Special Considerations in the Inhospital Treatment of Dangerously Violent Juveniles

  • Gloria Faretra
  • Gary J. Grad
Part of the Critical Issues in American Psychiatry and the Law book series (CIAP, volume 4)


In this chapter we will discuss the psychiatric inpatient treatment of a group of adolescents, 13 years of age and older, who have been convicted of committing violent crimes and who are thereafter found to require psychiatric hospitalization. We have derived treatment concepts and techniques from our experience working within a state psychiatric hospital unit specifically delineated to treat juveniles who between their 13th and 16th birthdays committed crimes for which they were held accountable as adults in the criminal justice system.The New York State Juvenile Offender Law1 describes 18 severe crimes for which conviction leads to sentencing as an adult. These include such offenses as homicide, rape, sodomy, kidnapping, assault, manslaughter, arson, and armed robbery. Those juveniles who might require psychiatric hospitalization during their incarceration cannot legally be inpatients with civil populations. Therefore, this unit was established by the State Office of Mental Health and has statewide responsibility.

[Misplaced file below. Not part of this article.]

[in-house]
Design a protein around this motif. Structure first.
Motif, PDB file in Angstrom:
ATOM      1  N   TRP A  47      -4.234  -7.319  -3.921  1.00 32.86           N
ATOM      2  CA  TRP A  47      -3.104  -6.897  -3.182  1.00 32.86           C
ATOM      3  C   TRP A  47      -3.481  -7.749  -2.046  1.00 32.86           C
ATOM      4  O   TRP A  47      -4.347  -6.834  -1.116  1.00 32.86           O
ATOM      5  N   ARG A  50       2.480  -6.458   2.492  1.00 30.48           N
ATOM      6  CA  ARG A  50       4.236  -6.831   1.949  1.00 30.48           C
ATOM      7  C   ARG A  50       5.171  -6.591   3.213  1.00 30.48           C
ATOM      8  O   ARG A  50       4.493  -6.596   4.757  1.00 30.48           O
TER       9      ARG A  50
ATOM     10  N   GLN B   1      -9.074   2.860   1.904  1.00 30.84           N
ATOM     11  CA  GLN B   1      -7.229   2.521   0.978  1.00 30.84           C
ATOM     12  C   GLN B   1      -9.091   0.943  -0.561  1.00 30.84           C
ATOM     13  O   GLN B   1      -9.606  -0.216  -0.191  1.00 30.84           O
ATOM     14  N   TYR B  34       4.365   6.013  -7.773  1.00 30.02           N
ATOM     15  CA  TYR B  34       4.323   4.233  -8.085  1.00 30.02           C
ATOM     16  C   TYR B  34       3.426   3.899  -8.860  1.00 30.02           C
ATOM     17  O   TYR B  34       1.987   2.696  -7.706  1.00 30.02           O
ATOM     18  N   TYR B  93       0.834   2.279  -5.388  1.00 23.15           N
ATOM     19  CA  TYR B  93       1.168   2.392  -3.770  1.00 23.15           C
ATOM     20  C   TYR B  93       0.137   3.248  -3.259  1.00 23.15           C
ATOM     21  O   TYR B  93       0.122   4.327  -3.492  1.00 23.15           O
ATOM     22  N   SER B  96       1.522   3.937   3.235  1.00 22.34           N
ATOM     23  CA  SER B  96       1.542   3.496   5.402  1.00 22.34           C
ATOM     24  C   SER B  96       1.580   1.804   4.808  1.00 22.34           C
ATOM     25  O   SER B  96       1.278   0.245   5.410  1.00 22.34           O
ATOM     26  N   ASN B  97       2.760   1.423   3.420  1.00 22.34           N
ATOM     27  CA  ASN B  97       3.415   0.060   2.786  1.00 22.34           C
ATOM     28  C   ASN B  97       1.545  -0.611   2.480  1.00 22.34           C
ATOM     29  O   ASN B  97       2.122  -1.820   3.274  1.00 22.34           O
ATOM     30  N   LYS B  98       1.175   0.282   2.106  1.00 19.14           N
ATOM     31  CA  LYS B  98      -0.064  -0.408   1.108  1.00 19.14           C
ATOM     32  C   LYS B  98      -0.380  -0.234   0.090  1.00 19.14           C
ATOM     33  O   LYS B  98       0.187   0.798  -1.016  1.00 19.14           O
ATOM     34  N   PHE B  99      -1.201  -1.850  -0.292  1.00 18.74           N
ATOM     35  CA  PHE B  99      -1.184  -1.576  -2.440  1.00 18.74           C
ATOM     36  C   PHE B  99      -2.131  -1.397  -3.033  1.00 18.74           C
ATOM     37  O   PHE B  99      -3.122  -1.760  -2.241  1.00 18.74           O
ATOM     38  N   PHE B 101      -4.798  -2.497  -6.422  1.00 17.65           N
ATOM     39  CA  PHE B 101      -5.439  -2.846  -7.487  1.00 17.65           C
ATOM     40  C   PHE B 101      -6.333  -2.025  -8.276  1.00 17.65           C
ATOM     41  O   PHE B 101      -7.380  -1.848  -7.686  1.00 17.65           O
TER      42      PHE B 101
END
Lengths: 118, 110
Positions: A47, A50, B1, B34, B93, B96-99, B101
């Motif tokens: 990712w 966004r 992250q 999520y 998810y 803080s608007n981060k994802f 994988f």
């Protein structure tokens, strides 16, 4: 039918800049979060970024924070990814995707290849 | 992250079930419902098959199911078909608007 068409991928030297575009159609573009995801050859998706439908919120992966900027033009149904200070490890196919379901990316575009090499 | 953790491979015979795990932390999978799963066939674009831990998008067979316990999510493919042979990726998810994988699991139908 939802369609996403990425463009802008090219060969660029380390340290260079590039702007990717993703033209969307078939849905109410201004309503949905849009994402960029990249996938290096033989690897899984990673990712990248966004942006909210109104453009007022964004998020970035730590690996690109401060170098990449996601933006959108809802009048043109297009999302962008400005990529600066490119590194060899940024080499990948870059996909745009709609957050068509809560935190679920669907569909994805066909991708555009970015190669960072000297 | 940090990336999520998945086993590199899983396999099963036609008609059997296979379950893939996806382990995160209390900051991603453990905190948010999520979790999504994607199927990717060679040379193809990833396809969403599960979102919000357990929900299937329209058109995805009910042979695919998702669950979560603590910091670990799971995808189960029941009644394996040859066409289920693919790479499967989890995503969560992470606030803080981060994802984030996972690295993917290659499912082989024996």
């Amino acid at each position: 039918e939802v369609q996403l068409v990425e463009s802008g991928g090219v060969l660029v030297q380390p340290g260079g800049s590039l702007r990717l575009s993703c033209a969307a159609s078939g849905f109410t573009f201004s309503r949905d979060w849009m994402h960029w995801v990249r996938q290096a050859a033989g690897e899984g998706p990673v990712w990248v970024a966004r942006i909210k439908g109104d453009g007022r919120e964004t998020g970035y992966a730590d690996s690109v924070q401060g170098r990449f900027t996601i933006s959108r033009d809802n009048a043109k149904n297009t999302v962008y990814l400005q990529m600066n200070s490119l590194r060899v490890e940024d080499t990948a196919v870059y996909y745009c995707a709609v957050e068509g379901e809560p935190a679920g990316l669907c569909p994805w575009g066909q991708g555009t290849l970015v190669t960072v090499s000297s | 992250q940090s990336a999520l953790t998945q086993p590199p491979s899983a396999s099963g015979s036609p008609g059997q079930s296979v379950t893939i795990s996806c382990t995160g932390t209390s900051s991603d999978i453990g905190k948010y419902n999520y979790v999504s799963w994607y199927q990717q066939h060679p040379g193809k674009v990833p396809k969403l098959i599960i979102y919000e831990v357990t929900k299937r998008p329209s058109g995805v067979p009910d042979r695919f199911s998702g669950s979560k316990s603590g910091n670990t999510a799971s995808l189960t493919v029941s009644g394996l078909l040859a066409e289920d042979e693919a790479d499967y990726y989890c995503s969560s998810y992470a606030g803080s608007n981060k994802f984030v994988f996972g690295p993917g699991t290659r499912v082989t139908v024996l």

Violent Crime Professional Staff Psychiatric Disturbance Armed Robbery Treatment Assistant 
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Copyright information

© Plenum Press, New York 1989

Authors and Affiliations

  • Gloria Faretra
    • 1
  • Gary J. Grad
    • 1
  1. 1.Queens Children’s Psychiatric CenterBelle-roseUSA

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